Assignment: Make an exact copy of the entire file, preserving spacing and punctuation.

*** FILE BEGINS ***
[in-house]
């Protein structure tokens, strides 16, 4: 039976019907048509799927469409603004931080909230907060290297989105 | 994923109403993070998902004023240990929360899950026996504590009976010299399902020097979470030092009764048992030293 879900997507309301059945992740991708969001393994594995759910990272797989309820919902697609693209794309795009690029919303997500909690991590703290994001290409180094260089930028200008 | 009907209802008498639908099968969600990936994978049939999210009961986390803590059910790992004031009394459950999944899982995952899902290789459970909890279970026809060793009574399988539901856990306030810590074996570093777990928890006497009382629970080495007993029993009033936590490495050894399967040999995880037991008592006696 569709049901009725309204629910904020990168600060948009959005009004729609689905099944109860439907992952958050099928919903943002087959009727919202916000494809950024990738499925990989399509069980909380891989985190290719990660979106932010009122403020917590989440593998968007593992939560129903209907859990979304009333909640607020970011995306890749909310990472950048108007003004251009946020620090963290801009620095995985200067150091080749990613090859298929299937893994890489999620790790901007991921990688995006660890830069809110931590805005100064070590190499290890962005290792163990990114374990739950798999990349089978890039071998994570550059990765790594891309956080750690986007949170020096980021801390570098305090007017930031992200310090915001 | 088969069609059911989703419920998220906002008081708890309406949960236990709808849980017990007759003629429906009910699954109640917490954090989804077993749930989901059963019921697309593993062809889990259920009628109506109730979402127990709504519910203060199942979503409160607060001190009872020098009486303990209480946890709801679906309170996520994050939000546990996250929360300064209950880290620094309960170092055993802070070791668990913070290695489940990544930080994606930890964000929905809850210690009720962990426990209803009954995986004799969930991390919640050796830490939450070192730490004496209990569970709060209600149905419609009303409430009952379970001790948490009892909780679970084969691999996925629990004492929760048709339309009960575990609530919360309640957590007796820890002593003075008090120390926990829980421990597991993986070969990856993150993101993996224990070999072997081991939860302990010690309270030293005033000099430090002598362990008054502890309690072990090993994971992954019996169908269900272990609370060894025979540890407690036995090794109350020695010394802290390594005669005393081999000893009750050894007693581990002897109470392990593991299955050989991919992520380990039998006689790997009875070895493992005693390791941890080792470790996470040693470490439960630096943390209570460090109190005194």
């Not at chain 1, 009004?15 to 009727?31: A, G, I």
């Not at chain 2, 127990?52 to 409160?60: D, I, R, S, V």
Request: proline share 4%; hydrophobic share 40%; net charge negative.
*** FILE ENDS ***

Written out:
[in-house]
């Protein structure tokens, strides 16, 4: 039976019907048509799927469409603004931080909230907060290297989105 | 994923109403993070998902004023240990929360899950026996504590009976010299399902020097979470030092009764048992030293 879900997507309301059945992740991708969001393994594995759910990272797989309820919902697609693209794309795009690029919303997500909690991590703290994001290409180094260089930028200008 | 009907209802008498639908099968969600990936994978049939999210009961986390803590059910790992004031009394459950999944899982995952899902290789459970909890279970026809060793009574399988539901856990306030810590074996570093777990928890006497009382629970080495007993029993009033936590490495050894399967040999995880037991008592006696 569709049901009725309204629910904020990168600060948009959005009004729609689905099944109860439907992952958050099928919903943002087959009727919202916000494809950024990738499925990989399509069980909380891989985190290719990660979106932010009122403020917590989440593998968007593992939560129903209907859990979304009333909640607020970011995306890749909310990472950048108007003004251009946020620090963290801009620095995985200067150091080749990613090859298929299937893994890489999620790790901007991921990688995006660890830069809110931590805005100064070590190499290890962005290792163990990114374990739950798999990349089978890039071998994570550059990765790594891309956080750690986007949170020096980021801390570098305090007017930031992200310090915001 | 088969069609059911989703419920998220906002008081708890309406949960236990709808849980017990007759003629429906009910699954109640917490954090989804077993749930989901059963019921697309593993062809889990259920009628109506109730979402127990709504519910203060199942979503409160607060001190009872020098009486303990209480946890709801679906309170996520994050939000546990996250929360300064209950880290620094309960170092055993802070070791668990913070290695489940990544930080994606930890964000929905809850210690009720962990426990209803009954995986004799969930991390919640050796830490939450070192730490004496209990569970709060209600149905419609009303409430009952379970001790948490009892909780679970084969691999996925629990004492929760048709339309009960575990609530919360309640957590007796820890002593003075008090120390926990829980421990597991993986070969990856993150993101993996224990070999072997081991939860302990010690309270030293005033000099430090002598362990008054502890309690072990090993994971992954019996169908269900272990609370060894025979540890407690036995090794109350020695010394802290390594005669005393081999000893009750050894007693581990002897109470392990593991299955050989991919992520380990039998006689790997009875070895493992005693390791941890080792470790996470040693470490439960630096943390209570460090109190005194």
């Not at chain 1, 009004?15 to 009727?31: A, G, I």
């Not at chain 2, 127990?52 to 409160?60: D, I, R, S, V």
Request: proline share 4%; hydrophobic share 40%; net charge negative.